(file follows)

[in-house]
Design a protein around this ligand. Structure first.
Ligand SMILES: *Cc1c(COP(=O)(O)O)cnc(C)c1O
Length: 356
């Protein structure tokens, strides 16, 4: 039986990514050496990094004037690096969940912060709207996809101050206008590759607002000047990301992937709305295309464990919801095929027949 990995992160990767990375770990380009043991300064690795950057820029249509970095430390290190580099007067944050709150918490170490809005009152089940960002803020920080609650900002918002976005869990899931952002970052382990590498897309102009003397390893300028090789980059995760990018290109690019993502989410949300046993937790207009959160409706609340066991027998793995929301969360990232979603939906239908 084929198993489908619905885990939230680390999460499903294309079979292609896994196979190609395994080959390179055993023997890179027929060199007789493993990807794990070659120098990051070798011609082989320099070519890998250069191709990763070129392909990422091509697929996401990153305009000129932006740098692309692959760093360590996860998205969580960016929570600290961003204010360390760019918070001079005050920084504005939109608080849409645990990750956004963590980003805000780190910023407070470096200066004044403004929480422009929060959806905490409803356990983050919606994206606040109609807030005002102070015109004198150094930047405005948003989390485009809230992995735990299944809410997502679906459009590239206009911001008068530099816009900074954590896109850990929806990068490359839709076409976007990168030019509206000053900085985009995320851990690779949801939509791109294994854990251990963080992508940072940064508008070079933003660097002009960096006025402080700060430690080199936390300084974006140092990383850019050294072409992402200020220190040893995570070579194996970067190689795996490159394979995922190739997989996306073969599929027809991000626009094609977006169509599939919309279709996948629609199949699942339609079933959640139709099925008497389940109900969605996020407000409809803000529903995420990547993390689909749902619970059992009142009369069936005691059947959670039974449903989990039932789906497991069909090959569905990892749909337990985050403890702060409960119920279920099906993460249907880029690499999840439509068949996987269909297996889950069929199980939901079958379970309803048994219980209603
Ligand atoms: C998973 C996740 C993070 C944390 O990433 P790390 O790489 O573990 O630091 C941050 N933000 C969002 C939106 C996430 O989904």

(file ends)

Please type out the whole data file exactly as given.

[in-house]
Design a protein around this ligand. Structure first.
Ligand SMILES: *Cc1c(COP(=O)(O)O)cnc(C)c1O
Length: 356
């Protein structure tokens, strides 16, 4: 039986990514050496990094004037690096969940912060709207996809101050206008590759607002000047990301992937709305295309464990919801095929027949 990995992160990767990375770990380009043991300064690795950057820029249509970095430390290190580099007067944050709150918490170490809005009152089940960002803020920080609650900002918002976005869990899931952002970052382990590498897309102009003397390893300028090789980059995760990018290109690019993502989410949300046993937790207009959160409706609340066991027998793995929301969360990232979603939906239908 084929198993489908619905885990939230680390999460499903294309079979292609896994196979190609395994080959390179055993023997890179027929060199007789493993990807794990070659120098990051070798011609082989320099070519890998250069191709990763070129392909990422091509697929996401990153305009000129932006740098692309692959760093360590996860998205969580960016929570600290961003204010360390760019918070001079005050920084504005939109608080849409645990990750956004963590980003805000780190910023407070470096200066004044403004929480422009929060959806905490409803356990983050919606994206606040109609807030005002102070015109004198150094930047405005948003989390485009809230992995735990299944809410997502679906459009590239206009911001008068530099816009900074954590896109850990929806990068490359839709076409976007990168030019509206000053900085985009995320851990690779949801939509791109294994854990251990963080992508940072940064508008070079933003660097002009960096006025402080700060430690080199936390300084974006140092990383850019050294072409992402200020220190040893995570070579194996970067190689795996490159394979995922190739997989996306073969599929027809991000626009094609977006169509599939919309279709996948629609199949699942339609079933959640139709099925008497389940109900969605996020407000409809803000529903995420990547993390689909749902619970059992009142009369069936005691059947959670039974449903989990039932789906497991069909090959569905990892749909337990985050403890702060409960119920279920099906993460249907880029690499999840439509068949996987269909297996889950069929199980939901079958379970309803048994219980209603
Ligand atoms: C998973 C996740 C993070 C944390 O990433 P790390 O790489 O573990 O630091 C941050 N933000 C969002 C939106 C996430 O989904």